Indonesia’s tax agency plans to bill Alphabet Inc.’s Google unit for up to $380 million in back taxes and fines that the search giant allegedly owes from 2015.
Muhammad Haniv, head of the tax office’s special cases unit, said in an interview that a team of four tax investigators met with Google’s Indonesian unit Monday, the latest escalation in a growing dispute between government and the technology firm. He said they discussed the alleged back taxes and audit of the unit’s tax compliance records.
“If we take this case to court, Google could be fined four times the tax it owes us,” Mr. Haniv said. He added that Indonesia will also pursue taxes from as far back as 2011, when Google first established a presence in the country. “Now we are still investigating them,” he said.
Google is a very wealthy firm. It can afford to pay its fair share in taxes in all the countries where it does business — Indonesia included. The authorities there are to be commended for not letting mammoth firms like Google escape from their obligations by taking advantage of tax loopholes and other tax avoidance tricks. Time for the Monster of Mountain View to pay up!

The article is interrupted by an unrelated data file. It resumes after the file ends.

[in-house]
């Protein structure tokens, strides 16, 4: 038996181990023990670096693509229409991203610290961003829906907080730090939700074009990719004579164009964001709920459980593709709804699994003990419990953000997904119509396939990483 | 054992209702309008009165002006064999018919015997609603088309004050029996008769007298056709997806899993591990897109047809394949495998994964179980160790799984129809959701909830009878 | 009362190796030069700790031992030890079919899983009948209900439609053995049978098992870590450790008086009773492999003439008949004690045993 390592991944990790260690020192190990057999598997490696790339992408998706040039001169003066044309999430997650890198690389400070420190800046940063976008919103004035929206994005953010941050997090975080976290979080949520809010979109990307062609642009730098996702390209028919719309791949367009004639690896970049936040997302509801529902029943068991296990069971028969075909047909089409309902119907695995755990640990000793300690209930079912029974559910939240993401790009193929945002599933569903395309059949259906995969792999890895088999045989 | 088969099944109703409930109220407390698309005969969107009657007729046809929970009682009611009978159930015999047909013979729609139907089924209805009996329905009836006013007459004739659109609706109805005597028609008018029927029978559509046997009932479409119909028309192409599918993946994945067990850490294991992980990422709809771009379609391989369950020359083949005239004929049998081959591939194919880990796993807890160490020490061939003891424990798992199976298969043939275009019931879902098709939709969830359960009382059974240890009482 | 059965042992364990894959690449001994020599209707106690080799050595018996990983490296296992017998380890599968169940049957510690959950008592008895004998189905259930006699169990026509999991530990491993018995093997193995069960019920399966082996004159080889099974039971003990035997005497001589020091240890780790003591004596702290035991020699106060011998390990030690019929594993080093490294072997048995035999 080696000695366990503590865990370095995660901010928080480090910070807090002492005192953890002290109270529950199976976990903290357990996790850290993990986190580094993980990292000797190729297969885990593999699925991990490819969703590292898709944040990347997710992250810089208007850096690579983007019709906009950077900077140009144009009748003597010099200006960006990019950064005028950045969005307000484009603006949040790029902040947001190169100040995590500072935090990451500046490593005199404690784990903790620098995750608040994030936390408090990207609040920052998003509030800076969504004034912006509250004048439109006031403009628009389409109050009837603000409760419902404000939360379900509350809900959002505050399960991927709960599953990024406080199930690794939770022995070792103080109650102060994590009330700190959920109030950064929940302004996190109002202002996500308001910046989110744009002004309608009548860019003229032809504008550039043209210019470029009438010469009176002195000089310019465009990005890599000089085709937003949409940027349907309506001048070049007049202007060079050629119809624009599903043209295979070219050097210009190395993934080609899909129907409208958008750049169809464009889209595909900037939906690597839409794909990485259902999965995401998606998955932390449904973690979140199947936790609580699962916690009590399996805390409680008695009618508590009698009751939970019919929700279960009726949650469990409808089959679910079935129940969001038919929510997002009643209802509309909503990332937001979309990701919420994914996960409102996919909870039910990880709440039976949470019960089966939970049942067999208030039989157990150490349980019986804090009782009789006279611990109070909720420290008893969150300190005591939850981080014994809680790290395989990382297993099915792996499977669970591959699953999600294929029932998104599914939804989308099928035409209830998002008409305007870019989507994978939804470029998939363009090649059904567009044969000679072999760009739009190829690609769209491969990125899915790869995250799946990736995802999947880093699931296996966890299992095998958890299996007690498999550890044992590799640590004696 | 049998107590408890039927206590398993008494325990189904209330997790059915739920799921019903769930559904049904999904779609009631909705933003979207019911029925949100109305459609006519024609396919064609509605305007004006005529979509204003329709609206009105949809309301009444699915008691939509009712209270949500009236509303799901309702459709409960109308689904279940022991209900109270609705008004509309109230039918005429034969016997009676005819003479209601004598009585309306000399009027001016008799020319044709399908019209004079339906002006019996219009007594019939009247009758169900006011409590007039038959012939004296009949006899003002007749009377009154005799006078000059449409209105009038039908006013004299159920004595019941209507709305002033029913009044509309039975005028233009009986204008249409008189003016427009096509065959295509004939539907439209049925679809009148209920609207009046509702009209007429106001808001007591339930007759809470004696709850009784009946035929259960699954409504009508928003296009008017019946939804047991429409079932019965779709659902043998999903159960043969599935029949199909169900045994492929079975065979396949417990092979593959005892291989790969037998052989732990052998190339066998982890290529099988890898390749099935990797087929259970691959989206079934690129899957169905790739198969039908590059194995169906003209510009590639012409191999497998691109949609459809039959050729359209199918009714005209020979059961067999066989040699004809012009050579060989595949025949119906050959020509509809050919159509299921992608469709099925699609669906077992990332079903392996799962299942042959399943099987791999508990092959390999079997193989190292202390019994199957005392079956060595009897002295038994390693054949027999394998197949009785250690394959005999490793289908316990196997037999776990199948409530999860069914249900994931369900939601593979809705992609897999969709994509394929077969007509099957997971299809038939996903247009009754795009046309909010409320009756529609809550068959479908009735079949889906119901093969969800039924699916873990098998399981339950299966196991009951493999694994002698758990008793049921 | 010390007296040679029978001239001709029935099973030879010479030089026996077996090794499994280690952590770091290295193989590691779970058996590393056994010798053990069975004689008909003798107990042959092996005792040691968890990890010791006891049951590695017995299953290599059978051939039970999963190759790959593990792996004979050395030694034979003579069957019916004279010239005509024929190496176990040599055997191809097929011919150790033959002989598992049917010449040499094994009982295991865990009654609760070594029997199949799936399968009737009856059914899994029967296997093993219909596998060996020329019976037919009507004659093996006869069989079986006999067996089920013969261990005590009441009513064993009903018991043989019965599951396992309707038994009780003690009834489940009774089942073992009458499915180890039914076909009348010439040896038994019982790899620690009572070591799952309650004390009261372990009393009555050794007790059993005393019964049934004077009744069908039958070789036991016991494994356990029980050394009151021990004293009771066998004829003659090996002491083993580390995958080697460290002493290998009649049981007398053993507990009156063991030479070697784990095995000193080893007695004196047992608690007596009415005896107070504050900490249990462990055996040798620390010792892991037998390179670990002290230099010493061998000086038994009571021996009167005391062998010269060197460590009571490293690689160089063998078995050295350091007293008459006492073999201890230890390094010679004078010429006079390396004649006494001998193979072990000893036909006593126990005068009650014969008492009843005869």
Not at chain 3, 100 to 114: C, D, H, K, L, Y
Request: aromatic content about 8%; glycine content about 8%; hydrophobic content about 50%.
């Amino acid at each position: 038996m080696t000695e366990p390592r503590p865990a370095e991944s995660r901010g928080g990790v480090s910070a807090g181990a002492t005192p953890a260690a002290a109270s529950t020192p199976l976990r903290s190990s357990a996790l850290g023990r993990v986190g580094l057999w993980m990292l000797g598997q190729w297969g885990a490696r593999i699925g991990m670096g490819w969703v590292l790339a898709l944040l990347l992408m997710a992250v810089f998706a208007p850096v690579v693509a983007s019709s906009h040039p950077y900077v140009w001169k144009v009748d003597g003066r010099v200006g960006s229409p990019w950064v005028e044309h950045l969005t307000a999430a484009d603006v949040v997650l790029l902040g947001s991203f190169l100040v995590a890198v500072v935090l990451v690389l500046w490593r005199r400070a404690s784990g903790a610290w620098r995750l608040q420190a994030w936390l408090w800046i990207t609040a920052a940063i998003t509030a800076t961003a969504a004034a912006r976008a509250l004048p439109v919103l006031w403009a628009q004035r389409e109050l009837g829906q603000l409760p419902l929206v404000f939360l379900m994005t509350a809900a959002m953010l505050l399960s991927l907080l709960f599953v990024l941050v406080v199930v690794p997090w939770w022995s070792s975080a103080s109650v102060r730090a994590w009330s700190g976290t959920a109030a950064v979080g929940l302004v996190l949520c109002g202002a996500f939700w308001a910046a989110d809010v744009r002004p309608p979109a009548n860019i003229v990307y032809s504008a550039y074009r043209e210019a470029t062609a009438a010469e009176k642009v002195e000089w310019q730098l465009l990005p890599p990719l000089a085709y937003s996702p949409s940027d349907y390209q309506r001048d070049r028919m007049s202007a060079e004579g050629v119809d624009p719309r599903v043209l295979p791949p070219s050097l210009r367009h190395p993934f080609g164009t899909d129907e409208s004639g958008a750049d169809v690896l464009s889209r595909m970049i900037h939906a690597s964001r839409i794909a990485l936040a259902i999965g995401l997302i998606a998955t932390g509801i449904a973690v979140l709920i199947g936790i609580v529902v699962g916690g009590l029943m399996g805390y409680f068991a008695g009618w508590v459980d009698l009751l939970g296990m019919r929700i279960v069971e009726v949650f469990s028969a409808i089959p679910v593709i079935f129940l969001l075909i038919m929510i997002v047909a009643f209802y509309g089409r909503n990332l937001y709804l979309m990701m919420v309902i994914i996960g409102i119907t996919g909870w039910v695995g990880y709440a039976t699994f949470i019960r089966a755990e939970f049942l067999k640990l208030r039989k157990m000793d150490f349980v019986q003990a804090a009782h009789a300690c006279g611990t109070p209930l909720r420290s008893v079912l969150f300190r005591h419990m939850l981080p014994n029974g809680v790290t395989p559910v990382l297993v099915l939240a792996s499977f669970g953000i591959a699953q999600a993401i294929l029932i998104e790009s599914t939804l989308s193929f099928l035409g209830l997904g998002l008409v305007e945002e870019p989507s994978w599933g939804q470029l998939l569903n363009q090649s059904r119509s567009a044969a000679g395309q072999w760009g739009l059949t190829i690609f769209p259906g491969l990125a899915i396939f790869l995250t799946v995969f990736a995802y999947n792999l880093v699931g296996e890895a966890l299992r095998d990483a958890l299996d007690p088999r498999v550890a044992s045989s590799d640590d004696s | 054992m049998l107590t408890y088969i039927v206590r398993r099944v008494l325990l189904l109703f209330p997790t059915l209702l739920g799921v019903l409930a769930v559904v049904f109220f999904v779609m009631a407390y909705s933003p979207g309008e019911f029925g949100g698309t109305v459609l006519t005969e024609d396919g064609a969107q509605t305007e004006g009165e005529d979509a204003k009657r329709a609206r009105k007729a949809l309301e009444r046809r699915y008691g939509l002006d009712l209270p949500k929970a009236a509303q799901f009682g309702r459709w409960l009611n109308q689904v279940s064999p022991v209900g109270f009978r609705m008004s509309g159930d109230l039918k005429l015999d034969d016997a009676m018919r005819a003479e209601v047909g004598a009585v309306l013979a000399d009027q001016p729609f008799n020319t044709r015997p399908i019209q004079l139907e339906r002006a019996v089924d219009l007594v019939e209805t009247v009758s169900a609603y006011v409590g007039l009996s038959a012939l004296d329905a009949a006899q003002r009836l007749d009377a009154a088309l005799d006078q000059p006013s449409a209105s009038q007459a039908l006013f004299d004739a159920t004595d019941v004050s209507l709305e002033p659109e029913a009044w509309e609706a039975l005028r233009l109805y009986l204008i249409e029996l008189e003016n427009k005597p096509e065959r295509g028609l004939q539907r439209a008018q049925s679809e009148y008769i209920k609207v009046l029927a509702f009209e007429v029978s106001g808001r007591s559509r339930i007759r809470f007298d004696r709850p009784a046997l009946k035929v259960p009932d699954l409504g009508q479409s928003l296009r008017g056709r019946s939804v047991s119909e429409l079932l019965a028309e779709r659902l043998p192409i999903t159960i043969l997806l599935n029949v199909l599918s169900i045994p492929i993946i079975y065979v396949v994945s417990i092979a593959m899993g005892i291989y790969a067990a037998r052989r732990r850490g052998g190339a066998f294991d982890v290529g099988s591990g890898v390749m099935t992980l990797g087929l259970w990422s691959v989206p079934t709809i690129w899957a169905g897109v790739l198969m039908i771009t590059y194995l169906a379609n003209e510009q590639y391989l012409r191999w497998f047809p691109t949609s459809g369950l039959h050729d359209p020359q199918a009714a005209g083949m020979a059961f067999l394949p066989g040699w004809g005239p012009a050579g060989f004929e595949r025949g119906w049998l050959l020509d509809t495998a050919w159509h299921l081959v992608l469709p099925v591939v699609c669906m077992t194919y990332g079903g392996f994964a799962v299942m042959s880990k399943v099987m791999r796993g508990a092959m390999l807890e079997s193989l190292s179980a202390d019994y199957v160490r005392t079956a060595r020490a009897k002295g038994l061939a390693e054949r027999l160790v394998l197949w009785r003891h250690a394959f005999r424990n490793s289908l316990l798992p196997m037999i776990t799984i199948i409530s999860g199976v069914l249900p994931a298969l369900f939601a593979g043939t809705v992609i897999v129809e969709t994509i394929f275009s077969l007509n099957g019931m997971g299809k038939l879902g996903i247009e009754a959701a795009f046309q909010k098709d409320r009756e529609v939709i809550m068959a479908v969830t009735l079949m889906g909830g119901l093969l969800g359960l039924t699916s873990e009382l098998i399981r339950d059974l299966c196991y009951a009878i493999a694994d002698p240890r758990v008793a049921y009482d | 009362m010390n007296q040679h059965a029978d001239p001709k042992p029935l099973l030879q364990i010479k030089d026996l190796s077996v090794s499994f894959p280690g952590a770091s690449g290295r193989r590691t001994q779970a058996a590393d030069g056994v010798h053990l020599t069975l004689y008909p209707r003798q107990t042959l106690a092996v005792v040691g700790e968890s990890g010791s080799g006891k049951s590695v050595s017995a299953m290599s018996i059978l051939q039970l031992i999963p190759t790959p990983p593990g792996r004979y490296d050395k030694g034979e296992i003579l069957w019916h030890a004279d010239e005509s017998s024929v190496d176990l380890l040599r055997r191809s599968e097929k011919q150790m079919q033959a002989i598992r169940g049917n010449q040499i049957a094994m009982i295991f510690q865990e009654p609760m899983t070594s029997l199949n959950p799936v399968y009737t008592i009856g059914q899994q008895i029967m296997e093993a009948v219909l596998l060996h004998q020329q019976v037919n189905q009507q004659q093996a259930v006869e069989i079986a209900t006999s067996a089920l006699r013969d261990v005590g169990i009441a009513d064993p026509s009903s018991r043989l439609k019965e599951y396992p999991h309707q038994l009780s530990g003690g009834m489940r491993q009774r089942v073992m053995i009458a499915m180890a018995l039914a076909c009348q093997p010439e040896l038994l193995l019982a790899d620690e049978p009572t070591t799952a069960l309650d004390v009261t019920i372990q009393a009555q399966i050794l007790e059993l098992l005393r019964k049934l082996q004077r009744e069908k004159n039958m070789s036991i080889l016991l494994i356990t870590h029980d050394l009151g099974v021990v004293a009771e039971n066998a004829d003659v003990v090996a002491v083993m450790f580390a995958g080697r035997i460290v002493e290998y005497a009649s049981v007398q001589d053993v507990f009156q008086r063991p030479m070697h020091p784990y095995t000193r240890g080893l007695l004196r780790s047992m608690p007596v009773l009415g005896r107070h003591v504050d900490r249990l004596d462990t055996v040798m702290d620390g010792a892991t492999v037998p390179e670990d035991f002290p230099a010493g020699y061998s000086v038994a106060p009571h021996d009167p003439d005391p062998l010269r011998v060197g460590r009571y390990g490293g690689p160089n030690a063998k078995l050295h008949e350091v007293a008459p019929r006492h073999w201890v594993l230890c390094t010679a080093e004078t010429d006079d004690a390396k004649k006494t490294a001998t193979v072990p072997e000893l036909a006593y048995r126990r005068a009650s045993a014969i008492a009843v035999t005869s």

Ripping off BlackBerry Travel, Google has created an app that “takes details from your Gmail and puts them into an easy-to-view package so you can easily find your itinerary, hotel reservation, and get recommendations about what to do.” Presumably, the app will also allow you to add information not automatically gleaned from your email, allowing Google to know even more about what you’ve got planned.
The impact on you: If you’ve used the travel powers of Google Now, you’ll find this feels like an upgrade to that service. Of course if you don’t use Gmail, then there’s a lot less reason for you to explore this. Google services work best when you’re all-in, which means that you have to decide where you fall with handing the company that much information.
That’s by design. But no one should want all their data in the hands of one for-profit company.